Canadian Silver Dollar: Mintage

(Disclaimer)

The following amounts shows the recorded number of coins minted each year by the Royal Canadian Mint.
Bear in mind though that it does NOT show the actual number of surviving coins.


Percentage of Silver

  • 1935–1967
  • 23.33 g 36.00 mm
  • 80% silver, 20% copper
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Years

Numbers are from the Royal Canadian Mint Website. The years displayed are the years when they still contained silver.


Mintages

1935 – 1939
1935 – 428,707
1936 – 306,100
1937 – 241,002
1938 – 90,304
1939 – 1,363,816

1940 – 1949
1940 – 0
1941 – 0
1942 – 0
1943 – 0
1944 – 0
1945 – 38,391
1946 – 93,055
1947 – 86,730
1948 – 18,780
1949 – 672,218

1950 – 1959
1950 – 261,002
1951 – 416,395
1952 – 406,148
1953 – 1,074,578
1954 – 246,606
1955 – 268,105
1956 – 209,092
1957 – 496,389
1958 – 3,039,630
1959 – 1,443,502

1960 – 1969
1960 – 1,420,486
1961 – 1,262,231
1962 – 1,884,789
1963 – 4,179,981
1964 – 7,296,832
1965 – 10,768,569
1966 – 9,912,178
1967 – 6,767,496

Reverse side designs

1935 – 1938, 1940 – 1948, 1950 – 1957, 1959 – 1963, 1965 – 1966, 1968 – 1969, and 1975 – 1986
The Voyageur
This design by Emanuel Hahn features a voyageur and an aboriginal traveling by canoe. One of the bundles depicted on the coin bears the initials “H.B.” for Hudson’s Bay Company. The illustration has been modified only slightly over the years.

1939
The Royal Visit
This design by Emanuel Hahn commemorates the visit of His Majesty King George VI and Her Majesty Queen Elizabeth to Ottawa. The Latin phrase “Fide Quorum Regnat” means “He reigns by the faith of his people.”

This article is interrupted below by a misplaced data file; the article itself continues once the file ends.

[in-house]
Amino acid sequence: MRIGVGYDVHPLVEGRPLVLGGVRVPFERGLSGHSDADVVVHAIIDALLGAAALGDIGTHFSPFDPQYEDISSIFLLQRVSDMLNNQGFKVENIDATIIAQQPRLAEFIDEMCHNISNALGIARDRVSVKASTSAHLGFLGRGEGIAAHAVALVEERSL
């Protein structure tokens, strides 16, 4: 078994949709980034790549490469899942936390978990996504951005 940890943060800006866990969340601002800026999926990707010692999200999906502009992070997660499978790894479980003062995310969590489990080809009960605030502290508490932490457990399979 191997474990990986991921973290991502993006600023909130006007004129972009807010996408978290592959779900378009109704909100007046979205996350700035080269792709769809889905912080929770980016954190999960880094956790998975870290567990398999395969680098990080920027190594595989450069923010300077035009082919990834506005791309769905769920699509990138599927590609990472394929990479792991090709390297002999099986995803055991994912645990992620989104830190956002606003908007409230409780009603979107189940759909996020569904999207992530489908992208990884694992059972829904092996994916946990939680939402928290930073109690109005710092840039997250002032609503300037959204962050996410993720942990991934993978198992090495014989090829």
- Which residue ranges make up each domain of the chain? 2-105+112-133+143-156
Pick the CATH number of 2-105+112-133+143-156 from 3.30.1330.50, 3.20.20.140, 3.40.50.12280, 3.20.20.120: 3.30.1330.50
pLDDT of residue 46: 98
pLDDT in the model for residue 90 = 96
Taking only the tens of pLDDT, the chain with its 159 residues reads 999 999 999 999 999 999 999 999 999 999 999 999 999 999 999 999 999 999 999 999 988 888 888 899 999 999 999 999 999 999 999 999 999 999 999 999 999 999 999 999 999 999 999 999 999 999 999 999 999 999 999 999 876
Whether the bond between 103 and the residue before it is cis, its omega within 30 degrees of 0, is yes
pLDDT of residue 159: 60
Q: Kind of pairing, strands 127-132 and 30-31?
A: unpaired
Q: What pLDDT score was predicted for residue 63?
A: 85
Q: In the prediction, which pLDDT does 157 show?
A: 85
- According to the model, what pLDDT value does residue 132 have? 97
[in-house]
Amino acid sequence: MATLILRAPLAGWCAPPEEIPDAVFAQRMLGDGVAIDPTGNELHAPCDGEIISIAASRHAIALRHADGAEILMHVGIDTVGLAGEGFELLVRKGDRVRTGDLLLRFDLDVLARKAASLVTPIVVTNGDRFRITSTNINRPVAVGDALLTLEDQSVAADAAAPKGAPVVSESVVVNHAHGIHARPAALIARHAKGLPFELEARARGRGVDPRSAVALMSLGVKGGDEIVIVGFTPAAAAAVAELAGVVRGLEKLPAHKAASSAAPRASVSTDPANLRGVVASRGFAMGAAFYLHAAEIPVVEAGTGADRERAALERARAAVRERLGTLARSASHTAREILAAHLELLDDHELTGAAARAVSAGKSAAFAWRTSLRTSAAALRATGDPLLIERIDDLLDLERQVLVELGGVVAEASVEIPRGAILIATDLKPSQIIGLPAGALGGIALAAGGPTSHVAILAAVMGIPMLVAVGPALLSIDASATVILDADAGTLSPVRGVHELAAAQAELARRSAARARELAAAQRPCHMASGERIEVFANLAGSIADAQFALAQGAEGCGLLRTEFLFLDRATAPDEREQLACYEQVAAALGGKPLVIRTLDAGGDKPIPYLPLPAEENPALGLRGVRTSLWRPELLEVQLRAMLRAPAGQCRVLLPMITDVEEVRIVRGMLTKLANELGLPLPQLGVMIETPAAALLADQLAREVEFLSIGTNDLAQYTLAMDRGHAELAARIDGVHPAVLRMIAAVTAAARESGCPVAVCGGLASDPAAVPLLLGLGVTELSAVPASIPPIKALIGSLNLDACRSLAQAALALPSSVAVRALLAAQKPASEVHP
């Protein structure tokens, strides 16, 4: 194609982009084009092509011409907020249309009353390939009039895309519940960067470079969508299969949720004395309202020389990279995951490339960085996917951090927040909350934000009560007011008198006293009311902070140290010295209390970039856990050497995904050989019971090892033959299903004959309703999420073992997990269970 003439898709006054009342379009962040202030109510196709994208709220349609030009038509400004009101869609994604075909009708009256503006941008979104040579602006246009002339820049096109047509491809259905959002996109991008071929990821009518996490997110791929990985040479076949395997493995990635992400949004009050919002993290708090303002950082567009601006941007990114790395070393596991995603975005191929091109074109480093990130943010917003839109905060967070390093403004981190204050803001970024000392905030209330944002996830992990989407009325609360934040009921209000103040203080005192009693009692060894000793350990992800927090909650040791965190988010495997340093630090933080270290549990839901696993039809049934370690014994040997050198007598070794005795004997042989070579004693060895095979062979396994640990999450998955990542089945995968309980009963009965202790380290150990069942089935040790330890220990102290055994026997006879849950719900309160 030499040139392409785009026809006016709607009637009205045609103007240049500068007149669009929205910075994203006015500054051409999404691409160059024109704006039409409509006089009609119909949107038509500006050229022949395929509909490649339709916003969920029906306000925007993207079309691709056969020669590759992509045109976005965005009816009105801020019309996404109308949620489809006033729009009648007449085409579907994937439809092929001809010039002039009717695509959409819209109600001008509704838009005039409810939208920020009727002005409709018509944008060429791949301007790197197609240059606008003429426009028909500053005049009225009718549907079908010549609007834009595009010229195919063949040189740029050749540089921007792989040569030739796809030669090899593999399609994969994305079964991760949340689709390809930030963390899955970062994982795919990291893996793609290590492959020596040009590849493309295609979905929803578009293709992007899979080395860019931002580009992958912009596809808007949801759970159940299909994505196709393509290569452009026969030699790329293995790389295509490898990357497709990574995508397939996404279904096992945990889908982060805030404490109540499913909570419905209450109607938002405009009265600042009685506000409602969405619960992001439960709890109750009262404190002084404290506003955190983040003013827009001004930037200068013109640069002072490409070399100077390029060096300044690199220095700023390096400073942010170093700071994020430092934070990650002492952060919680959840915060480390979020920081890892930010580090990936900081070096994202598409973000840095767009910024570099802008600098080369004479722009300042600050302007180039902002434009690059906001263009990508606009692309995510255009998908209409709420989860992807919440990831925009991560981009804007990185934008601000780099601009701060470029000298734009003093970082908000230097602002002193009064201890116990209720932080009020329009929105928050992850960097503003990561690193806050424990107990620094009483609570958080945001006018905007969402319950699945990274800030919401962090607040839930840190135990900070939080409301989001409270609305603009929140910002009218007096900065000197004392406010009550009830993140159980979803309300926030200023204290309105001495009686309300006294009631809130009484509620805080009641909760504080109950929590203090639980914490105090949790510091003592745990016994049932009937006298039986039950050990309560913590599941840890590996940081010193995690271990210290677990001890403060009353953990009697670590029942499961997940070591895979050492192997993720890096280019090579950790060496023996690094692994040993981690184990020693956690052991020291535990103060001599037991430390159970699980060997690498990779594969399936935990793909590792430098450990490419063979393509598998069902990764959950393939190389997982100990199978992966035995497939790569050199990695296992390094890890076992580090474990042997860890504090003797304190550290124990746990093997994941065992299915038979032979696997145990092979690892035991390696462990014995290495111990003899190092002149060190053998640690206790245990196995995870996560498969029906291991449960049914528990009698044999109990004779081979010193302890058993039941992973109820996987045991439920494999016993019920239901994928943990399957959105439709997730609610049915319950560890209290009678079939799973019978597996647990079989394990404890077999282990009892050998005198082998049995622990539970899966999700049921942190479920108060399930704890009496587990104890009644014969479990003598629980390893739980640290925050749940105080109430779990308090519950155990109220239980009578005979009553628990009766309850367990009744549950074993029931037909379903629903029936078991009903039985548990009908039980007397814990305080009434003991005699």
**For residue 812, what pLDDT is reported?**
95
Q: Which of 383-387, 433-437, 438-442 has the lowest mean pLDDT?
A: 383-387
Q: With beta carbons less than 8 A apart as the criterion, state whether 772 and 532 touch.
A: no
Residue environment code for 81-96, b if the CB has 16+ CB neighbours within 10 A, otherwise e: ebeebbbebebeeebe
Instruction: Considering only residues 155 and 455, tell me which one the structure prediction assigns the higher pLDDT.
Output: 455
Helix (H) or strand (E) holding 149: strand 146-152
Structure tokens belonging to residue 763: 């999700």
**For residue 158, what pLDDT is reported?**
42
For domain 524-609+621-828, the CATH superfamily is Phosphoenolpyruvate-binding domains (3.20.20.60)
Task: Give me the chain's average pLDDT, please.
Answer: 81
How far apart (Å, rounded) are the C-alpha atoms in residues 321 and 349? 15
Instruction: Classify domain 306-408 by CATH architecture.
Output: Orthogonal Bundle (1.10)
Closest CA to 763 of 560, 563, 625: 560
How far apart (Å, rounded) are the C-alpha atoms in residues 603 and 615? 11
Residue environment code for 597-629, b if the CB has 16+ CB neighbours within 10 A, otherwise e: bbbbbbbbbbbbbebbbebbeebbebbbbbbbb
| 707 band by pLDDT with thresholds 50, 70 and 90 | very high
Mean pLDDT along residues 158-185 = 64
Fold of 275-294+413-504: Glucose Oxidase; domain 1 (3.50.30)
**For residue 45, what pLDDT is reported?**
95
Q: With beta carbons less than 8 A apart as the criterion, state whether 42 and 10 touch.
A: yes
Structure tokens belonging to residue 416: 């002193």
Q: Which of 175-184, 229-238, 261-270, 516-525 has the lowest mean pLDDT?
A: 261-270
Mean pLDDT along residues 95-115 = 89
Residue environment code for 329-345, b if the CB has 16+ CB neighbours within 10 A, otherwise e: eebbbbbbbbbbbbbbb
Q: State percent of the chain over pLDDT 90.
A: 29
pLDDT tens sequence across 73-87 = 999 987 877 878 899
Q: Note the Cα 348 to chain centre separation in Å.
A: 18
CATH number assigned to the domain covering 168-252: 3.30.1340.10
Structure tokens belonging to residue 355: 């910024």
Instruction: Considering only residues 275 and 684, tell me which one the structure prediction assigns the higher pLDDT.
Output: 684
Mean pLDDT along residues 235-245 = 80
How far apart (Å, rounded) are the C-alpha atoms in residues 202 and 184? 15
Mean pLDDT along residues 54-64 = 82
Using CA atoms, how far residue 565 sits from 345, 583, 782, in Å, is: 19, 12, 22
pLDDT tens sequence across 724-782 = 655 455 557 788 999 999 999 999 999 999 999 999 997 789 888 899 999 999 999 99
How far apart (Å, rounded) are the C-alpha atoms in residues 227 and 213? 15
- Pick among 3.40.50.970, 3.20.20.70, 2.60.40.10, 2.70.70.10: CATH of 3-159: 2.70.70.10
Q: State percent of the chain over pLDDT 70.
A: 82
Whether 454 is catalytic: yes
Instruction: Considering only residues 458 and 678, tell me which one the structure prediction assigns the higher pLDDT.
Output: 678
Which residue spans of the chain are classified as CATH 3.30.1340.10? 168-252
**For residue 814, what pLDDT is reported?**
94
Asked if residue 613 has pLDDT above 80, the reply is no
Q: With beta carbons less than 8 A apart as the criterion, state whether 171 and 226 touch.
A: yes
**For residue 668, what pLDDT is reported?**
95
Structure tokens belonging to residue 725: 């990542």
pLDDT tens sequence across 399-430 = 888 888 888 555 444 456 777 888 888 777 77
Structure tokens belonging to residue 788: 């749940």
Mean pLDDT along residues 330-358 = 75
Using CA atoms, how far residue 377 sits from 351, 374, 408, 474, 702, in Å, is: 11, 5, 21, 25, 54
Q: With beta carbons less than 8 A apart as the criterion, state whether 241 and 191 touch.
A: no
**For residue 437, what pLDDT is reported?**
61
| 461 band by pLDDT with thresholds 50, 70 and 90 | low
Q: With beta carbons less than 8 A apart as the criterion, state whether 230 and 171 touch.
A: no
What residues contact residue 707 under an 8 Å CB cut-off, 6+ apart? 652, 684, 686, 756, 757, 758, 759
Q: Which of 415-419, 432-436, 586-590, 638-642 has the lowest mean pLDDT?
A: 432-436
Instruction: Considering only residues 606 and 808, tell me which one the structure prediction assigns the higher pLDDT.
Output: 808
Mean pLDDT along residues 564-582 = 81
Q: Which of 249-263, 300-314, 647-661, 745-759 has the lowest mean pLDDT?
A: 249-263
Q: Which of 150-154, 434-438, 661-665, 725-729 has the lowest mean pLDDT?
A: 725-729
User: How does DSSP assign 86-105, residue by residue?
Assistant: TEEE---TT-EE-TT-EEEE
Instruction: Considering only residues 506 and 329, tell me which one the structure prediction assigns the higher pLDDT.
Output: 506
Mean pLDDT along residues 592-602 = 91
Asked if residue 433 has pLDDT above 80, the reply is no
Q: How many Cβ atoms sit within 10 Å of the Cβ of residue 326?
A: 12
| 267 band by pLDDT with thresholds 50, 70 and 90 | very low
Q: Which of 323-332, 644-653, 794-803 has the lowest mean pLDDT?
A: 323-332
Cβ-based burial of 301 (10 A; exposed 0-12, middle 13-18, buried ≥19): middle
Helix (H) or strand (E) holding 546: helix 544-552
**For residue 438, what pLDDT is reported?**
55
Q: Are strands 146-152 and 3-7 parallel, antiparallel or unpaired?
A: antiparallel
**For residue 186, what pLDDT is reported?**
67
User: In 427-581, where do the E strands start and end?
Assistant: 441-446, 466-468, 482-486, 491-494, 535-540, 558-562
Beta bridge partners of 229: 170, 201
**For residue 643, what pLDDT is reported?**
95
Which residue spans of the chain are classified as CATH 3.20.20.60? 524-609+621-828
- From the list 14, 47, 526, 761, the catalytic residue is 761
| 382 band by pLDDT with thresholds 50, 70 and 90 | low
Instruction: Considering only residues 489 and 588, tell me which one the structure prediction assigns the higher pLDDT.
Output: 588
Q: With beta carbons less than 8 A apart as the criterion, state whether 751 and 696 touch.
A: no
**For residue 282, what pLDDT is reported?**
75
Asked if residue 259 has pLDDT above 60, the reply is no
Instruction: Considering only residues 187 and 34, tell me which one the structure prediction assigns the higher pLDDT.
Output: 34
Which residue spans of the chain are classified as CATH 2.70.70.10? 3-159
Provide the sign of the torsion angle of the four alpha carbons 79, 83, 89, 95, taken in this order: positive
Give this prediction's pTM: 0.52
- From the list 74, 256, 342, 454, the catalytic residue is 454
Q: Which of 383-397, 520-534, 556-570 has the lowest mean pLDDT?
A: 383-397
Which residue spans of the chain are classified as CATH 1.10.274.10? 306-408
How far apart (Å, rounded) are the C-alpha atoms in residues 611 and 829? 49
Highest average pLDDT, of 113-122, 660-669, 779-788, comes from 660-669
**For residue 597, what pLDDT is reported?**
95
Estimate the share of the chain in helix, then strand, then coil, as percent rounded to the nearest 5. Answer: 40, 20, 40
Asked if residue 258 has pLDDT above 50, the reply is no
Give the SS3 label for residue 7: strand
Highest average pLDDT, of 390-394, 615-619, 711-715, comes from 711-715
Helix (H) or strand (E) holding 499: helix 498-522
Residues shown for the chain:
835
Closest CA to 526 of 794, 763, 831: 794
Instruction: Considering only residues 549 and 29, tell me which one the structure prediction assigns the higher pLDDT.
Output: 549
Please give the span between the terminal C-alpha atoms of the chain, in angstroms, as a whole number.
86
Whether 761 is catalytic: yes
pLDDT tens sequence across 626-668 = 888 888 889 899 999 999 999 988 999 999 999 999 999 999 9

1949
Newfoundland’s accession to Canada
Thomas Shingles’ design commemorates Newfoundland’s status as a province of Canada. Pictured on the coin is The Matthew, the ship historians believe John Cabot was sailing when he discovered Newfoundland. Below the ship reads the Latin inscription “Floreat Terra Nova,” meaning: “May the New Found Land Flourish.”

1958
The founding of British Columbia
Stephen Trenka’s totem pole and Rocky Mountain backdrop marks the centenary of both the Gold Rush and the creation of British Columbia as a colony of England.

1964
The Confederation meetings
Thomas Shingles’ design features the French fleur-de-lis, the Irish shamrock, the Scottish thistle, and the English rose. It commemorates the 100th anniversary of the Charlottetown and Quebec City meetings that led to Confederation.

1967
The centennial dollar
Alex Colville created a special set of coin designs to commemorate the 100th anniversary of Canadian Confederation; the 1-dollar coin features a Canada goose. After 1967, circulation 1-dollar coins were made of nickel until 1987, when the ‘loonie’ was introduced.

Published by East Liberty Coins and Gems

East Liberty Coins & Gems. We are an online Precious Metal & Gem Dealer. We carry Bullion, Numismatics coins, Ancient coins, and Precious gems (Emeralds, Rubies, and Sapphires/Coming in 2022). All orders ship from Halifax NovaScotia, Canada.

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